Figg’s Ordinary serves gluten-free goodies – flatbread with assorted toppings.

There were over 20 raffle prizes that covered a wide range of items, including gift certificates to many restaurants and local stores, two tickets to any Garfield Center for the Arts production, a hanging basket from Unity Church Hill Nursery, and a jar of goodies from Gabriel’s of Chestertown.

Taste of the Town is presented by the Downtown Chestertown Association with the help of many volunteers and generous sponsors.  Tech support was provided by Butch Clark. For more information see Taste of Chestertown,   Downtown Chestertown Association (DCA),  Chestertown.com

Chestertown Spy Forum on Town-Gown Future

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Last Tuesday, the Chestertown Spy sponsored a public forum with Washington College President Sheila Bair and Chestertown Mayor Chris Cerino. The purpose of the event was to have a meaningful conversation with the community about the future of both the town and the school as they adjust to the rather complicated and challenging times of the 21st century.

With the help of the Washington College digital media services, we are able to present the whole meeting in its entirety for our readers benefit.

This video is approximately one hour in length. Please rewind to the beginning to see the entire program. 

United Way Celebrates Volunteers at Heron Point

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Bottom row L-R: Bonnie Keating, David Keating, Bobbie Chase, Nancy Montague, Betsy McCown, Jennifer Kafka Smith, Judy Kneller, John Leek, Charlotte Hawes, Ginny Barker Second Row L-R: Jane Jewell, Charlotte Potts, Denise Tontarski, Meredith Rellick Third Row: Ed Silver (UWKC Board), Jennifer Tosten, Tamara Kim, Ken Young Top Row: Lee Irish, Chuck Shorley, Ralph Dowling, Andy Andrews, and Comm. Bill Short

April 6, 2017 was the Annual Meeting and Volunteer Recognition Breakfast of the United Way of Kent County held at Heron Point in Chestertown. A delicious buffet breakfast was served in Heron Point’s newly refurbished dining facility with nearly ninety people in attendance. As attendees enjoyed their coffee, a short business meeting was held before Volunteers of United Way Member Agencies from all over Kent County were honored.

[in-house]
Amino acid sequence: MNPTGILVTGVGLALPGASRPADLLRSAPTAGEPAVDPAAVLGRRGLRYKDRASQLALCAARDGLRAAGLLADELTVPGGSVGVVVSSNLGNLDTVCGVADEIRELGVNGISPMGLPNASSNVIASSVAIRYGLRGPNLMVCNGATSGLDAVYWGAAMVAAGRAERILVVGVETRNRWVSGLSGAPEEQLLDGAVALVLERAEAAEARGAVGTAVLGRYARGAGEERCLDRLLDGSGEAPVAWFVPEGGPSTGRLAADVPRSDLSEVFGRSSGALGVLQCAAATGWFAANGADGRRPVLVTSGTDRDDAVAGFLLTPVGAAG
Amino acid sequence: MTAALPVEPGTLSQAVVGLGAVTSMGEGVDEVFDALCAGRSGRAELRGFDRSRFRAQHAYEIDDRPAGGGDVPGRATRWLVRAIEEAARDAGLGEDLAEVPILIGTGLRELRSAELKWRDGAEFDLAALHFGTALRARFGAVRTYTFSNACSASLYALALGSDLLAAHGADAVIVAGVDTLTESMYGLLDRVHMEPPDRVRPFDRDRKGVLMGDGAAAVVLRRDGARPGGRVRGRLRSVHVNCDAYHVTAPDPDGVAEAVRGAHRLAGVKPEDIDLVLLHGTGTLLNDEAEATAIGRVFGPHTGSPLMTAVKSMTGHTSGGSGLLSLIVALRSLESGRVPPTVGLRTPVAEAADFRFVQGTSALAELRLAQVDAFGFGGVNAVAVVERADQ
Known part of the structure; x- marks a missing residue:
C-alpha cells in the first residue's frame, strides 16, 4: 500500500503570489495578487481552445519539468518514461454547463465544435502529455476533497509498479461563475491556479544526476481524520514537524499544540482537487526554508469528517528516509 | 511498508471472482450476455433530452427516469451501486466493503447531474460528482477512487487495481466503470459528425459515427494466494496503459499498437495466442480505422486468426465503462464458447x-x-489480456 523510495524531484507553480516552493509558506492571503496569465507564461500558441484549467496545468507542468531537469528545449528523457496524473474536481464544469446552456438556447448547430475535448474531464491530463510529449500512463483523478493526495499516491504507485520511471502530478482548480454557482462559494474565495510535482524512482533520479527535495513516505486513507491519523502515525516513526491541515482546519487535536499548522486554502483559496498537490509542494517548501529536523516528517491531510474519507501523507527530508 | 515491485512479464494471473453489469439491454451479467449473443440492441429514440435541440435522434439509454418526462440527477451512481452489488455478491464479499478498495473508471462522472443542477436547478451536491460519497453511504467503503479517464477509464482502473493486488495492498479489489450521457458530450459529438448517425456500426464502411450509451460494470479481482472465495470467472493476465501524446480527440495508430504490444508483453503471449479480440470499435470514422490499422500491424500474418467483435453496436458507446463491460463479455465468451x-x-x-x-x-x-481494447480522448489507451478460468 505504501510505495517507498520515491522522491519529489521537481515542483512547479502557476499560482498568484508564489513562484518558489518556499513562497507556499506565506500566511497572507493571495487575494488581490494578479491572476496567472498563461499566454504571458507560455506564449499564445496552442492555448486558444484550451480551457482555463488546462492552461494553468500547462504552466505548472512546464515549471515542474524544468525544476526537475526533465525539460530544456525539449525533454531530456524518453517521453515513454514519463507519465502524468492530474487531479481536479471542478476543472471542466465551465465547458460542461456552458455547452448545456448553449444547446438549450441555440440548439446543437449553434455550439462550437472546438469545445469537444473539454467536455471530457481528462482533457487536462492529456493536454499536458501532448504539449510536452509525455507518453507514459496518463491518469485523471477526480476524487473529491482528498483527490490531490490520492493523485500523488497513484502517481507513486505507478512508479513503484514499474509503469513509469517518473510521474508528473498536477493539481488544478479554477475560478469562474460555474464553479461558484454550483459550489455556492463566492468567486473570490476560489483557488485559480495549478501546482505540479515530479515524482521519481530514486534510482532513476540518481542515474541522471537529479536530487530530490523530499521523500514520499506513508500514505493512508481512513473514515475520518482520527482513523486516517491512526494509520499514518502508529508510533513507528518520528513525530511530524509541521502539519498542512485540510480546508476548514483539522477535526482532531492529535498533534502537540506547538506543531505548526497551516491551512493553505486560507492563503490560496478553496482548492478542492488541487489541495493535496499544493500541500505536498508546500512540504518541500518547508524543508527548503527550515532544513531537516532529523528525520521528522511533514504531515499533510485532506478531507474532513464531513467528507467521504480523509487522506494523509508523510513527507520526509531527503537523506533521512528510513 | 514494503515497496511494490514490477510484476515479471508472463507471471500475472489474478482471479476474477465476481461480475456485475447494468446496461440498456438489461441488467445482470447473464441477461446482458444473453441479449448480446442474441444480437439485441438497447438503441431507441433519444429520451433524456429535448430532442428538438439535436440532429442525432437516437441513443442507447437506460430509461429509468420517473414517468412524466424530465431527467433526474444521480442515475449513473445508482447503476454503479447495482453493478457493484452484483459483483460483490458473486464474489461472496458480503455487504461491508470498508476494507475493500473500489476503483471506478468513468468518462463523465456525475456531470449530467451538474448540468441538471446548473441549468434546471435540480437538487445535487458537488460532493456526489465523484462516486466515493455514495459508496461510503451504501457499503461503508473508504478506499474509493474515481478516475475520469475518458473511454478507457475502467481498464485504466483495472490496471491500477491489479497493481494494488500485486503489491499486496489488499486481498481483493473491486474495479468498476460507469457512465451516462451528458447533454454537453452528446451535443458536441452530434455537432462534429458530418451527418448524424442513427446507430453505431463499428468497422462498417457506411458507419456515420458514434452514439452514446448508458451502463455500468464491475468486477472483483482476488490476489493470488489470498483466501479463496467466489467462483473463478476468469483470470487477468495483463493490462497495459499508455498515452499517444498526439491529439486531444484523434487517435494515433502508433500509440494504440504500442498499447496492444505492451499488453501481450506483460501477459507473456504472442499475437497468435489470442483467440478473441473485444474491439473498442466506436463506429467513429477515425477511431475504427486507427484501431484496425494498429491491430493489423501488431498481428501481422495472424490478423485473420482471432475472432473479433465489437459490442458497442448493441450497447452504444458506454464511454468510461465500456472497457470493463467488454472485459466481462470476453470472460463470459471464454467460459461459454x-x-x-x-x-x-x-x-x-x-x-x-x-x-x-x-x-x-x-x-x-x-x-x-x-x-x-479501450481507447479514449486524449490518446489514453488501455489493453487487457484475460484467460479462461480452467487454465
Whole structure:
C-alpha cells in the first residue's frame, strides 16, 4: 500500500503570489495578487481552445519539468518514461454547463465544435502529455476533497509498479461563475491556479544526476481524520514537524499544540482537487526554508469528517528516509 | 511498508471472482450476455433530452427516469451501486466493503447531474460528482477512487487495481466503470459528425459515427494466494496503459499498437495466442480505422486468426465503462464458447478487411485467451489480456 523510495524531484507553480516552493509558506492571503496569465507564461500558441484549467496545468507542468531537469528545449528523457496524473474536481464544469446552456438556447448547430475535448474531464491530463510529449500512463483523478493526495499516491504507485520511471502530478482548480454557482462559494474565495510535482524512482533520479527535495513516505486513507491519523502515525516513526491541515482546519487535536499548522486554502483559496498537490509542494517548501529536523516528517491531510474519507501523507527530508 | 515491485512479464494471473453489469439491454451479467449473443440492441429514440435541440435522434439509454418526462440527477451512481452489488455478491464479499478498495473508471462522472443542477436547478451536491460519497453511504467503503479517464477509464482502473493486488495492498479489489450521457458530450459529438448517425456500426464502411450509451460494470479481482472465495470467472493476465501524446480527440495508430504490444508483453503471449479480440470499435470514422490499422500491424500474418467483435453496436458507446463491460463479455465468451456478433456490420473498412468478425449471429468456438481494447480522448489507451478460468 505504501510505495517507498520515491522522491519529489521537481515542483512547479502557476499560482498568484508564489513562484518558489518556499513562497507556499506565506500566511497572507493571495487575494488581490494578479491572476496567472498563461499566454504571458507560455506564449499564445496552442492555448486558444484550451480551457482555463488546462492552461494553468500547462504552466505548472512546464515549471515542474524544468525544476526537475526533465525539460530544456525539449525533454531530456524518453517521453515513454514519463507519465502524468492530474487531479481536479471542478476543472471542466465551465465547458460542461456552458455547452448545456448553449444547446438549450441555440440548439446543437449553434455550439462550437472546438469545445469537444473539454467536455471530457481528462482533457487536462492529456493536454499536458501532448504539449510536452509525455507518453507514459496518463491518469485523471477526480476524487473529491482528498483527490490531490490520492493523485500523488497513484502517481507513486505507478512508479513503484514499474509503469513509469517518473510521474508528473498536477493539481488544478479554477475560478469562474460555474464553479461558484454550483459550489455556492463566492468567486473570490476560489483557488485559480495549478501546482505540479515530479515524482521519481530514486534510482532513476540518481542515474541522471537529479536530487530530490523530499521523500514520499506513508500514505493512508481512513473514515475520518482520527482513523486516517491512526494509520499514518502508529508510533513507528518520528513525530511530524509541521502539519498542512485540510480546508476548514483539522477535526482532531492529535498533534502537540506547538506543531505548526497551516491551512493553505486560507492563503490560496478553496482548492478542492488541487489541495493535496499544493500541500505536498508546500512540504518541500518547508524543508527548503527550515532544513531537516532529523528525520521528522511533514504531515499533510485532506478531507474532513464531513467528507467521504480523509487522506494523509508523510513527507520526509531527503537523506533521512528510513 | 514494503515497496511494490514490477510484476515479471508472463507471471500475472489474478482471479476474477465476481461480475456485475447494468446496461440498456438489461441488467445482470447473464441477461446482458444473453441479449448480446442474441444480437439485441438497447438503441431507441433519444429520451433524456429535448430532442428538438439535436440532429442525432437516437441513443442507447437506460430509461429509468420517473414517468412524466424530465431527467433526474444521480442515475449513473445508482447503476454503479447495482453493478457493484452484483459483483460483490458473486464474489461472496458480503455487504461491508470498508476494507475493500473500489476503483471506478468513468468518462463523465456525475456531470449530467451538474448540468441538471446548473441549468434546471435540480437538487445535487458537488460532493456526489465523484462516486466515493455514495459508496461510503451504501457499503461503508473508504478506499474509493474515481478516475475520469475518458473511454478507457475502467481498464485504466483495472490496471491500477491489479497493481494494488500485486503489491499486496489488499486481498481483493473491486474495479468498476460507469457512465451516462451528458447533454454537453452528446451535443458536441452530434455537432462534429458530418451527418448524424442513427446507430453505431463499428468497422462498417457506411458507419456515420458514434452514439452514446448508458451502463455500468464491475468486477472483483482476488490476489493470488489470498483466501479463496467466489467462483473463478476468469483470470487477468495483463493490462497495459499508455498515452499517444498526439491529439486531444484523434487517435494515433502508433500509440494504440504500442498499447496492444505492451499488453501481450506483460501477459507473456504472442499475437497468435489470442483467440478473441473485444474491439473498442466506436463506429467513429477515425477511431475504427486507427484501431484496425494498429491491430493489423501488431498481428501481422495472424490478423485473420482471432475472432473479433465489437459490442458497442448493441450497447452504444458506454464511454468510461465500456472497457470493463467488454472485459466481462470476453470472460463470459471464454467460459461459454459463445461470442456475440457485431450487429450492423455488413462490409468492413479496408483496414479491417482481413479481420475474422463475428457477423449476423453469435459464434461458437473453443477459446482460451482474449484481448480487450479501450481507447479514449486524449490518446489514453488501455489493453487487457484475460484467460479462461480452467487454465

President Carol Droge welcomed guests, and spoke about successes of United Way in the past year. She mentioned the update of the areas of impact: Education, Health, and Financial Stability. Ms. Droge stated that this year’s campaign, United Way of Kent’s 60th, was at 83% of its goal of $210,000. She mentioned the upcoming Guest Chef Fundraiser Dinner to be held at the Lemon Leaf Café on April 11.

Treasurer Alison Libshitz introduced the first Annual Report of United Way of Kent County. Everyone present received a copy.

Bottom Row L-R: Chip Williams (VP), Patti Dowling, Mary Fisher, Lauren Gibson Second Row: Beth Everett (ED), Alison Libshitz (T), Carol Droge Third Row: Barbara Foster, Glenn Wilson (P), Katie Warrington Top Row: Bill MacIntosh, Bob Greenwald Missing: Sarah Feyerherm, Marilyn Parks (S), Ed Silver

Directors and Officers were elected. For the coming year, officers will be: Glenn Wilson, President; Chip Williams, Vice President; Marilyn Parks, Secretary, and Alison Libshitz, Treasurer. Directors elected for a three year term are Patti Dowling, Carol Droge, Mary Fisher, Lauren Gibson, Bill MacIntosh, and Ed Silver.

The Business Partner of the year, The Peoples Bank, was introduced and presented with a plaque noting their service to the community in the past year. Mr. Ralph Dowling, President and CEO, accepted the plaque and said that community service is an important function of a community bank like Peoples Bank.

Next, volunteers from 24 Kent County Member Agencies were introduced and given a stadium blanket with the United Way 60th Anniversary logo on it and a certificate from Governor Larry Hogan thanking them for their service.